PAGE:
17 August 2020 | News
Efforts to make magnetic hyperthermia-mediated cancer therapy as desired therapy for inoperable tumours
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Scientists from Institute of Nano Science & Technology (INST) in Mohali, have synthesised different magnetic nano-transducers like Stevioside-coated magnetite nanoparticles; Citric acid-coated Magnetic nanoclusters and Manganese and Zinc doped magnetite nanoparticles for successful application as magnetic hyperthermia agents for cancer therapy.
Dr Deepika Sharma and her team from INST have synthesized magnetic nanomaterials using a hydrothermal approach. They have also developed water-stable nanomaterial with a biomolecule as the surfactant to address two of the main concerns regarding the translation of nanotechnology-based strategies to clinical applications - biocompatibility of the material used and therapeutic response of these nanosystems.
The scientists have focused on the design and development of hyperthermia output and understanding the biological phenomena, which include their movement through biological barriers to fight against inoperable tumours.
The synthesized “nano-heaters” when subjected to magnetic hyperthermia either alone or in combination with other adjuvant therapy like photothermal therapy. This was then evaluated in terms of cell viability, oxidative stress production, reduction in mitochondrial membrane potential, cytoskeletal damage by confocal microscopy and morphological alterations by scanning electron microscopy in cancer cells and the results published in the ACS Applied Nanomaterials and Journal of Radiation and Cancer Research.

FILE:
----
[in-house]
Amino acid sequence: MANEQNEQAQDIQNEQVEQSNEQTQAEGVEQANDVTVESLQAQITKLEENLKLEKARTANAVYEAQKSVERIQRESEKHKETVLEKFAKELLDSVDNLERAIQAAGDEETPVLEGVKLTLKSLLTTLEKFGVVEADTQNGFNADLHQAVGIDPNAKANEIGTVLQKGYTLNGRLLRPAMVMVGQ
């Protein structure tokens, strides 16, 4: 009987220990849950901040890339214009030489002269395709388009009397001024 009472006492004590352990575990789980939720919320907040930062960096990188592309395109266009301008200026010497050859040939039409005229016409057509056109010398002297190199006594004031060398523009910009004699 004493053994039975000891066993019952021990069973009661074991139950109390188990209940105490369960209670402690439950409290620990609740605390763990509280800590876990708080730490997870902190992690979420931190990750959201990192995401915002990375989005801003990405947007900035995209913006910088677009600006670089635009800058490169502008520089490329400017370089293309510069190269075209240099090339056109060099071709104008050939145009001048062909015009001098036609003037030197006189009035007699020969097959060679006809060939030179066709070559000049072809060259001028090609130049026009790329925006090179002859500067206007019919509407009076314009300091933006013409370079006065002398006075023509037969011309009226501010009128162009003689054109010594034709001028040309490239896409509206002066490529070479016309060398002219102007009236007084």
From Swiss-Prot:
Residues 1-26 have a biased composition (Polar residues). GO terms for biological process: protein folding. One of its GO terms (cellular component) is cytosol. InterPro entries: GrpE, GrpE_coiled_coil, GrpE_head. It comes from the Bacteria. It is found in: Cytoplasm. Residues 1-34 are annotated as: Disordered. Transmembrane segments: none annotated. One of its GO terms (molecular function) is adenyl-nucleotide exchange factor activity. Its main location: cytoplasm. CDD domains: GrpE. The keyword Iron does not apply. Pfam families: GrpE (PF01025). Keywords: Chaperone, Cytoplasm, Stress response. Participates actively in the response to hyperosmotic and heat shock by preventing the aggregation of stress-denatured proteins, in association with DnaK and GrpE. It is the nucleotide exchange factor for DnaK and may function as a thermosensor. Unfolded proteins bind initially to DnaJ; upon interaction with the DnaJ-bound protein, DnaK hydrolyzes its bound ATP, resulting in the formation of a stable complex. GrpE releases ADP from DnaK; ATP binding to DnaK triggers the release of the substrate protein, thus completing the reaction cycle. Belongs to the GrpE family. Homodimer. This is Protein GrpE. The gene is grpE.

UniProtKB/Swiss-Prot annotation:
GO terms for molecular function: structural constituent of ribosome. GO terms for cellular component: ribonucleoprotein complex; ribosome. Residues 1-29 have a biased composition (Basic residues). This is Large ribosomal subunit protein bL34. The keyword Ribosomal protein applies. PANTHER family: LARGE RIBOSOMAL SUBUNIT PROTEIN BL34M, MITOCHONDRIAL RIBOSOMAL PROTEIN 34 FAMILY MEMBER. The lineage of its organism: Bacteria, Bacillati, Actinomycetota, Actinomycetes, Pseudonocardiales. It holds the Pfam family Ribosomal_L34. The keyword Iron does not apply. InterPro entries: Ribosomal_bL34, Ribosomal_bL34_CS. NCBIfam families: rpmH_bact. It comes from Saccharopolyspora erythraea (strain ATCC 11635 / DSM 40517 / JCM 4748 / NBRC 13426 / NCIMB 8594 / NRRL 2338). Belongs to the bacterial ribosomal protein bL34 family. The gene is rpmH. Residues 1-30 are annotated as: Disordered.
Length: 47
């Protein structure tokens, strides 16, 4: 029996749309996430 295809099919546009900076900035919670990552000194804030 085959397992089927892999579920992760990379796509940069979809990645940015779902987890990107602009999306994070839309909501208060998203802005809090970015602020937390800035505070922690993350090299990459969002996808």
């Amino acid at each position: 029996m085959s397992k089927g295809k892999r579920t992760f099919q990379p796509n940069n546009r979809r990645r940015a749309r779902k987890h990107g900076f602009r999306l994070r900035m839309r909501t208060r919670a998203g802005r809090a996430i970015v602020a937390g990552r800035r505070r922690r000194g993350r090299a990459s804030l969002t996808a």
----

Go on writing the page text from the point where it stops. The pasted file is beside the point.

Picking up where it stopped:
For the various nanosystems generated in their lab, INST team have achieved enhanced hyperthermia output with surface modifications of surfactant moieties and generating nanoclusters instead of conventional spherical nanoparticles. Such enhanced hyperthermia output makes it an efficient system to be used for Cancer therapy.